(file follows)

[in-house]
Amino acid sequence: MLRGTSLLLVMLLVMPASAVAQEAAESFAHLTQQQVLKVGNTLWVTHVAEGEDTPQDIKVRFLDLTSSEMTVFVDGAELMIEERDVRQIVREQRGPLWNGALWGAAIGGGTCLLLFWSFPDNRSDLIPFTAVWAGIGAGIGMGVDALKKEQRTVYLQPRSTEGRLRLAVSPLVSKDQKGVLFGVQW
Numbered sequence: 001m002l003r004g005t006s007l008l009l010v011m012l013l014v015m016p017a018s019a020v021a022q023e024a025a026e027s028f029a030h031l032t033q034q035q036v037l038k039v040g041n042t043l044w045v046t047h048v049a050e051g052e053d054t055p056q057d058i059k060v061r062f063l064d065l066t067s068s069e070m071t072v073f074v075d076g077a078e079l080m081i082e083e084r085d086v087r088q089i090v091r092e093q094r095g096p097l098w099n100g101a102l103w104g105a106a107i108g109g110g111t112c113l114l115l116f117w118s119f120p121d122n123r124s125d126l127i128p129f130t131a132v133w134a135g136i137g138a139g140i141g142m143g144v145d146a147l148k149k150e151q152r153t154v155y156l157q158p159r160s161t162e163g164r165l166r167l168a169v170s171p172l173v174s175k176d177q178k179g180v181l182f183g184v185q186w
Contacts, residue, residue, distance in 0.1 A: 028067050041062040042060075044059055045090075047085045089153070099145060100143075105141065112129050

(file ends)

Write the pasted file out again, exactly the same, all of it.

[in-house]
Amino acid sequence: MLRGTSLLLVMLLVMPASAVAQEAAESFAHLTQQQVLKVGNTLWVTHVAEGEDTPQDIKVRFLDLTSSEMTVFVDGAELMIEERDVRQIVREQRGPLWNGALWGAAIGGGTCLLLFWSFPDNRSDLIPFTAVWAGIGAGIGMGVDALKKEQRTVYLQPRSTEGRLRLAVSPLVSKDQKGVLFGVQW
Numbered sequence: 001m002l003r004g005t006s007l008l009l010v011m012l013l014v015m016p017a018s019a020v021a022q023e024a025a026e027s028f029a030h031l032t033q034q035q036v037l038k039v040g041n042t043l044w045v046t047h048v049a050e051g052e053d054t055p056q057d058i059k060v061r062f063l064d065l066t067s068s069e070m071t072v073f074v075d076g077a078e079l080m081i082e083e084r085d086v087r088q089i090v091r092e093q094r095g096p097l098w099n100g101a102l103w104g105a106a107i108g109g110g111t112c113l114l115l116f117w118s119f120p121d122n123r124s125d126l127i128p129f130t131a132v133w134a135g136i137g138a139g140i141g142m143g144v145d146a147l148k149k150e151q152r153t154v155y156l157q158p159r160s161t162e163g164r165l166r167l168a169v170s171p172l173v174s175k176d177q178k179g180v181l182f183g184v185q186w
Contacts, residue, residue, distance in 0.1 A: 028067050041062040042060075044059055045090075047085045089153070099145060100143075105141065112129050